Research Papers:

The E3 ubiquitin ligase HERC1 controls the ERK signaling pathway targeting C-RAF for degradation

Taiane Schneider, Arturo Martinez-Martinez, Monica Cubillos-Rojas, Ramon Bartrons, Francesc Ventura and Jose Luis Rosa _

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Oncotarget. 2018; 9:31531-31548. https://doi.org/10.18632/oncotarget.25847

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Taiane Schneider1, Arturo Martinez-Martinez1, Monica Cubillos-Rojas1, Ramon Bartrons1, Francesc Ventura1 and Jose Luis Rosa1

1Departament de Ciències Fisiològiques, IDIBELL, Campus Bellvitge, Universitat de Barcelona, L’Hospitalet de Llobregat, Barcelona, Spain

Correspondence to:

Jose Luis Rosa, email: [email protected]

Keywords: ubiquitin; ERK; RAF; proliferation; protein degradation

Received: September 08, 2017    Accepted: July 12, 2018    Published: July 31, 2018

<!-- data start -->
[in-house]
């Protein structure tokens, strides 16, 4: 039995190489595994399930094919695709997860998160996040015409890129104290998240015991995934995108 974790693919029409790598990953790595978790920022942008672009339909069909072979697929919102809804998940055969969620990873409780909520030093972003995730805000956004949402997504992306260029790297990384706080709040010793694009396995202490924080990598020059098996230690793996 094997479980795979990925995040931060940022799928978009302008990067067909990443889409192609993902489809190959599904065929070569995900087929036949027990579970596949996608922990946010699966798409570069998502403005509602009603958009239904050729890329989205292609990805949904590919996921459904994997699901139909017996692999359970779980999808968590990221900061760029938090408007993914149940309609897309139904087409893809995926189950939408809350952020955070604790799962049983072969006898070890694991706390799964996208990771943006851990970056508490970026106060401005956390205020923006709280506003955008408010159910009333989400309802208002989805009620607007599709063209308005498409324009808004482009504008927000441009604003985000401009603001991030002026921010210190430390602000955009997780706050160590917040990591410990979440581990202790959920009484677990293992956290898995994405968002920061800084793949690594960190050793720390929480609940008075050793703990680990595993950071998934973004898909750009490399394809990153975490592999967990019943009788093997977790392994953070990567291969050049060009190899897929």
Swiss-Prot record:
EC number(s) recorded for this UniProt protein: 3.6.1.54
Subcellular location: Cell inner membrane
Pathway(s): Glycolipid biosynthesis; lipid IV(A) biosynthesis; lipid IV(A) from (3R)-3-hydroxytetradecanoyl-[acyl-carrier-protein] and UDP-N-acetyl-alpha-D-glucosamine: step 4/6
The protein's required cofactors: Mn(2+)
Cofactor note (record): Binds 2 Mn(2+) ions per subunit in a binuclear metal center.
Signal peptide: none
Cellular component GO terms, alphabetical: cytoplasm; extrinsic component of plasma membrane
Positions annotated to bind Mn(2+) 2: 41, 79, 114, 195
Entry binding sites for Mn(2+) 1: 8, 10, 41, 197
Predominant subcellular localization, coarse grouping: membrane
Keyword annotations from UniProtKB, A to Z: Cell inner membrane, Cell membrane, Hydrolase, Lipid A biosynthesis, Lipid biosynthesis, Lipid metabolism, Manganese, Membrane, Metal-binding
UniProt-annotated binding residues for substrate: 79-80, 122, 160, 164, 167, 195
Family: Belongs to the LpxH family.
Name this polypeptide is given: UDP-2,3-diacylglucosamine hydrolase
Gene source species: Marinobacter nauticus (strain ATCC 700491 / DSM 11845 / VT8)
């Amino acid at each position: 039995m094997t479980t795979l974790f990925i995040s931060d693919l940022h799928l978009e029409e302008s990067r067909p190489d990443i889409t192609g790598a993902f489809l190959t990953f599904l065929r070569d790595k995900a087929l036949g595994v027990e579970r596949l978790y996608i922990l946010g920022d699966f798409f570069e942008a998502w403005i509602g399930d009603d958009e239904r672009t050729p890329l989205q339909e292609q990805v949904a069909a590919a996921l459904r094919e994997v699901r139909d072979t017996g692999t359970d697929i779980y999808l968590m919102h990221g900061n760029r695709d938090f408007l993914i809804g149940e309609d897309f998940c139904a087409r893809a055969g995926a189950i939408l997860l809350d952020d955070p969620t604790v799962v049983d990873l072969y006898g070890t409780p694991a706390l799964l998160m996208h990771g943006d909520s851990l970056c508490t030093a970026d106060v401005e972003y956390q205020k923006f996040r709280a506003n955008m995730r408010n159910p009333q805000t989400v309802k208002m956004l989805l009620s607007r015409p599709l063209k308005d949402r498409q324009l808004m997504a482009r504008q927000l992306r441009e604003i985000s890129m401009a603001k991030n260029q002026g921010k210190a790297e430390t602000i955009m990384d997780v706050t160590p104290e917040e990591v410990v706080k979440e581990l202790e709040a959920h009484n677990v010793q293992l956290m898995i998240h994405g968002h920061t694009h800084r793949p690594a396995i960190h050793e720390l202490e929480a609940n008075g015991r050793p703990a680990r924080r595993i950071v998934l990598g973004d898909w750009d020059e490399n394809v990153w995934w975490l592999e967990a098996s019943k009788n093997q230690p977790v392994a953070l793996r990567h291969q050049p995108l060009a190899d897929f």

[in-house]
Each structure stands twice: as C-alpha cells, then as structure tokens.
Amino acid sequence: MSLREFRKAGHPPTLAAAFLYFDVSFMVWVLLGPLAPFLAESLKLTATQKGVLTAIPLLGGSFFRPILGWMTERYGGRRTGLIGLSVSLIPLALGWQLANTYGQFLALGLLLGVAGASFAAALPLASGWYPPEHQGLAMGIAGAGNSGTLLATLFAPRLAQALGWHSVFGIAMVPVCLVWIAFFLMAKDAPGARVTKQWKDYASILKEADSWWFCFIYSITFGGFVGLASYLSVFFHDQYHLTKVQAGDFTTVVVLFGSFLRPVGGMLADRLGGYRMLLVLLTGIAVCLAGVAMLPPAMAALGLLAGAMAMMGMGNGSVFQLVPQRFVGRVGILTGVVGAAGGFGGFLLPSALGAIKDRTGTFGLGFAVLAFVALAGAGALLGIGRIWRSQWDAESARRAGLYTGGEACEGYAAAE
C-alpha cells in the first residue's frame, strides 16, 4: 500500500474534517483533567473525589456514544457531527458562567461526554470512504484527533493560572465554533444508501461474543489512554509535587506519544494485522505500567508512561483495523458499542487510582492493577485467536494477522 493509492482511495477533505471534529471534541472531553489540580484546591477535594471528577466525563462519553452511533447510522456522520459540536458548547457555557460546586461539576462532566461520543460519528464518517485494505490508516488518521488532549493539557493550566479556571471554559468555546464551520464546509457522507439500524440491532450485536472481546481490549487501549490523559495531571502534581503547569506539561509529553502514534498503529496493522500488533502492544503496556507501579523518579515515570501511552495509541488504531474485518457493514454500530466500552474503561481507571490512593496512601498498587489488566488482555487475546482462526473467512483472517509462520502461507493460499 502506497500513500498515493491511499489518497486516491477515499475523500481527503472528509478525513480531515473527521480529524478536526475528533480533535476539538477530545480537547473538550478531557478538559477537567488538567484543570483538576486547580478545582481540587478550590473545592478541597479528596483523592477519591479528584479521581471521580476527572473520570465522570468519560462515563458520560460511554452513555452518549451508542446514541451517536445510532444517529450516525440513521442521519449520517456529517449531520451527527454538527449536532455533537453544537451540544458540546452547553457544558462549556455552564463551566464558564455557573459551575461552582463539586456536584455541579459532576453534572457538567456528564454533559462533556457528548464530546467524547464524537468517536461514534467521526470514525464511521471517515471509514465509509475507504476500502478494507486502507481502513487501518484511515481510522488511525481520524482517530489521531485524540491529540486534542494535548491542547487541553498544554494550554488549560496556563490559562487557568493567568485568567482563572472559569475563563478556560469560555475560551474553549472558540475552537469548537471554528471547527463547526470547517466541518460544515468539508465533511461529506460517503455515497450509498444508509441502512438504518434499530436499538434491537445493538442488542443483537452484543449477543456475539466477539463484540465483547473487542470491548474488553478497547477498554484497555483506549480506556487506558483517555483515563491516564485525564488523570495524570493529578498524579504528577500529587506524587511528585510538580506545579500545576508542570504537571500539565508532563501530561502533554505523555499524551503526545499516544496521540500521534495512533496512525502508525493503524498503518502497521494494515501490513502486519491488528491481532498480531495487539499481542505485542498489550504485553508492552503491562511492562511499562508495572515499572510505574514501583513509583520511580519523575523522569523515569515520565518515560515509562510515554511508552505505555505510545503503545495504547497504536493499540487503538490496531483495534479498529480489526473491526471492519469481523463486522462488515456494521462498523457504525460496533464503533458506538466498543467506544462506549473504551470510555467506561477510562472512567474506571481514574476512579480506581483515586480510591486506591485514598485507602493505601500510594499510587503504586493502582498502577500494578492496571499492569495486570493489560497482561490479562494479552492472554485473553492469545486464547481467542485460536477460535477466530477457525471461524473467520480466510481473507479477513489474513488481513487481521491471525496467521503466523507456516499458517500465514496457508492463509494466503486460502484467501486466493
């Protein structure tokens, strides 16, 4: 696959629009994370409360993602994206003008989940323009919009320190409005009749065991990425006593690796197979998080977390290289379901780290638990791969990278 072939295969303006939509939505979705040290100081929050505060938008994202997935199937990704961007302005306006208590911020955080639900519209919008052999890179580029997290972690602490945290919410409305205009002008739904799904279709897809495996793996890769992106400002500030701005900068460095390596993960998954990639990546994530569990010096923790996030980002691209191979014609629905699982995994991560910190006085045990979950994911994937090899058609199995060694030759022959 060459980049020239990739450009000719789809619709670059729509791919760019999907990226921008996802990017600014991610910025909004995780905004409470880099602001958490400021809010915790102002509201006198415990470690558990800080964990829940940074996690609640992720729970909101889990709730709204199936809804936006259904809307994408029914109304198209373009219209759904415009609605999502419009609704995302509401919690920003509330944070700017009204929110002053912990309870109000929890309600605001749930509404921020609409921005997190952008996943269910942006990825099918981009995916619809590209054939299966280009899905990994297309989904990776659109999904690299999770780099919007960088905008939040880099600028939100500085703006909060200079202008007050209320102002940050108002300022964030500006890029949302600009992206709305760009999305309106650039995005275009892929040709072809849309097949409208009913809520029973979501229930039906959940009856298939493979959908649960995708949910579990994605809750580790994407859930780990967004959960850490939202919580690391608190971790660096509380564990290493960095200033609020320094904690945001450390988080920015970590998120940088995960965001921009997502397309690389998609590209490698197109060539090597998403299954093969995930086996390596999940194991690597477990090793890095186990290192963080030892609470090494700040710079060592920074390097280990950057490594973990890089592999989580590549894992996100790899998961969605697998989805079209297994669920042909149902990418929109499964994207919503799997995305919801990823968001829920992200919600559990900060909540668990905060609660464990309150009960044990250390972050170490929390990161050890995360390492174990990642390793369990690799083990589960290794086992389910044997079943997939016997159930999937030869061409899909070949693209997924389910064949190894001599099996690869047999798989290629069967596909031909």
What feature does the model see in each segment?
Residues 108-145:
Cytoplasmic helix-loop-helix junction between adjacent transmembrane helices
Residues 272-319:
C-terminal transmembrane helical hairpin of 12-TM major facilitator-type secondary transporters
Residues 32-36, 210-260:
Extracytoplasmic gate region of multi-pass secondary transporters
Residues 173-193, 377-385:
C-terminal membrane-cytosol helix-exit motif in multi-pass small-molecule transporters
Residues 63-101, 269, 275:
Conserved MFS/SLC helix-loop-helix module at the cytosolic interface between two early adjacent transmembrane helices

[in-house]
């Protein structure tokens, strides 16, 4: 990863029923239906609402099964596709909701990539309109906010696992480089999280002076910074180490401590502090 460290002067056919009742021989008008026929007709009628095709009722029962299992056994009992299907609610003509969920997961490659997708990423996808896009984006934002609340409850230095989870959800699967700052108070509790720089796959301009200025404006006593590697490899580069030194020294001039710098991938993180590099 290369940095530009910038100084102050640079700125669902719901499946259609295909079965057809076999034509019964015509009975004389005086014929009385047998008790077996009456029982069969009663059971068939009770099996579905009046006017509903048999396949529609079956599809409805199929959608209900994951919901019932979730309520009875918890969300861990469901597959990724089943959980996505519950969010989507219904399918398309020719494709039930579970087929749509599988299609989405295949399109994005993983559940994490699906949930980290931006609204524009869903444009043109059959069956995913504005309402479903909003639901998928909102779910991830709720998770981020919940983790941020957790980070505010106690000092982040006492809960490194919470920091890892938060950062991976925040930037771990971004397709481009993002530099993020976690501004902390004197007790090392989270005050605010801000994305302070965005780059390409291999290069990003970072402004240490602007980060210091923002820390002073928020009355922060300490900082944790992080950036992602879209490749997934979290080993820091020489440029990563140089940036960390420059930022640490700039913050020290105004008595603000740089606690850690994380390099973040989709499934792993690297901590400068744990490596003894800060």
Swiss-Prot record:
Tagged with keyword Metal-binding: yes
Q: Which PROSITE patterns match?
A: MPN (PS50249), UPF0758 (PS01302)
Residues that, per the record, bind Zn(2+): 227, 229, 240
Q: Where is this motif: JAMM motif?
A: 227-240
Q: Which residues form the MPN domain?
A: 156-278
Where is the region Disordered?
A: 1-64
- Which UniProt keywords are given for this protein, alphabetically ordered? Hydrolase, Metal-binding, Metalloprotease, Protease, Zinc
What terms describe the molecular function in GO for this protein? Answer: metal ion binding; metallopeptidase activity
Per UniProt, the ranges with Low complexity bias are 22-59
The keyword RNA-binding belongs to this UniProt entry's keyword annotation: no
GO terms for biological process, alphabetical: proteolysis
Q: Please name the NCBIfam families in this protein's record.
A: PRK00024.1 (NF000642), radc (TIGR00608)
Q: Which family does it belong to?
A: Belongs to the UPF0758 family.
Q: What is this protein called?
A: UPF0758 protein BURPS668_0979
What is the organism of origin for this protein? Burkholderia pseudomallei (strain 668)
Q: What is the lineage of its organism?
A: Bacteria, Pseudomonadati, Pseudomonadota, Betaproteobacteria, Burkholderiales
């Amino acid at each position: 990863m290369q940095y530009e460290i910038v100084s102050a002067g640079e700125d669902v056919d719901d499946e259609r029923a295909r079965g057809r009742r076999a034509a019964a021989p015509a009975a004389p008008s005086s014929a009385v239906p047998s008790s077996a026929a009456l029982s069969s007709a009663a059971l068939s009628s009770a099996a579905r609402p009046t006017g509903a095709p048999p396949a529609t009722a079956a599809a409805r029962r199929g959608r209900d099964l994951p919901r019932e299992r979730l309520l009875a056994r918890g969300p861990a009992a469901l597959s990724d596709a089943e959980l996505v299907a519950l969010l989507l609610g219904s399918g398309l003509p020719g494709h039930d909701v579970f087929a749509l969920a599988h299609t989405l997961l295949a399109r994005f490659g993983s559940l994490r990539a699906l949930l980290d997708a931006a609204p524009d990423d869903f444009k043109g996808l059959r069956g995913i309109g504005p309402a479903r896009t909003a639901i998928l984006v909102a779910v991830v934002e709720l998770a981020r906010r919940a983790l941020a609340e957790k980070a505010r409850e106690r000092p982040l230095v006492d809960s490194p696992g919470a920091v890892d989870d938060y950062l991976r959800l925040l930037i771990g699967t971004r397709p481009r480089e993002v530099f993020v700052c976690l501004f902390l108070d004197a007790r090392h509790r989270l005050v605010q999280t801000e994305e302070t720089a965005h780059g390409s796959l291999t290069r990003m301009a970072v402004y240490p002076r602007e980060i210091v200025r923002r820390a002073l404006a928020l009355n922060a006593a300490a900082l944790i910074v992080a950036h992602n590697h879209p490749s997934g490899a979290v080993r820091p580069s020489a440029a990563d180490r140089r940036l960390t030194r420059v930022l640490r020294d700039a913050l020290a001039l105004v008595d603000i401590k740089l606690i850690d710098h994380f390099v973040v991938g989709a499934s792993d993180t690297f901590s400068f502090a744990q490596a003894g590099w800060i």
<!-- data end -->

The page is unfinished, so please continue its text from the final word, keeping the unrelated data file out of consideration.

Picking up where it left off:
The RAF/MEK/ERK cascade is a conserved intracellular signaling pathway that controls fundamental cellular processes including growth, proliferation, differentiation, survival and migration. Aberrant regulation of this signaling pathway has long been associated with human cancers. A major point of regulation of this pathway occurs at the level of the serine/threonine protein kinase C-RAF. Here, we show how the E3 ubiquitin ligase HERC1 regulates ERK signaling. HERC1 knockdown induced cellular proliferation, which is associated with an increase in ERK phosphorylation and in C-RAF protein levels. We demonstrate that overexpression of wild-type C-RAF is sufficient to increase ERK phosphorylation. Experiments with pharmacological inhibitors of RAF activity, or with interference RNA, show that the regulation of ERK phosphorylation by HERC1 is RAF-dependent. Immunoprecipitation, pull-down and confocal fluorescence microscopy experiments demonstrate an interaction between HERC1 and C-RAF proteins. Mechanistically, HERC1 controls C-RAF stability by regulating its polyubiquitylation in a lysine 48-linked chain. In vitro ubiquitylation assays indicate that C-RAF is a substrate of the E3 ubiquitin ligase HERC1. Altogether, we show how HERC1 can regulate cell proliferation through the activation of ERK signaling by a mechanism that affects C-RAF’s stability.

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PII: 25847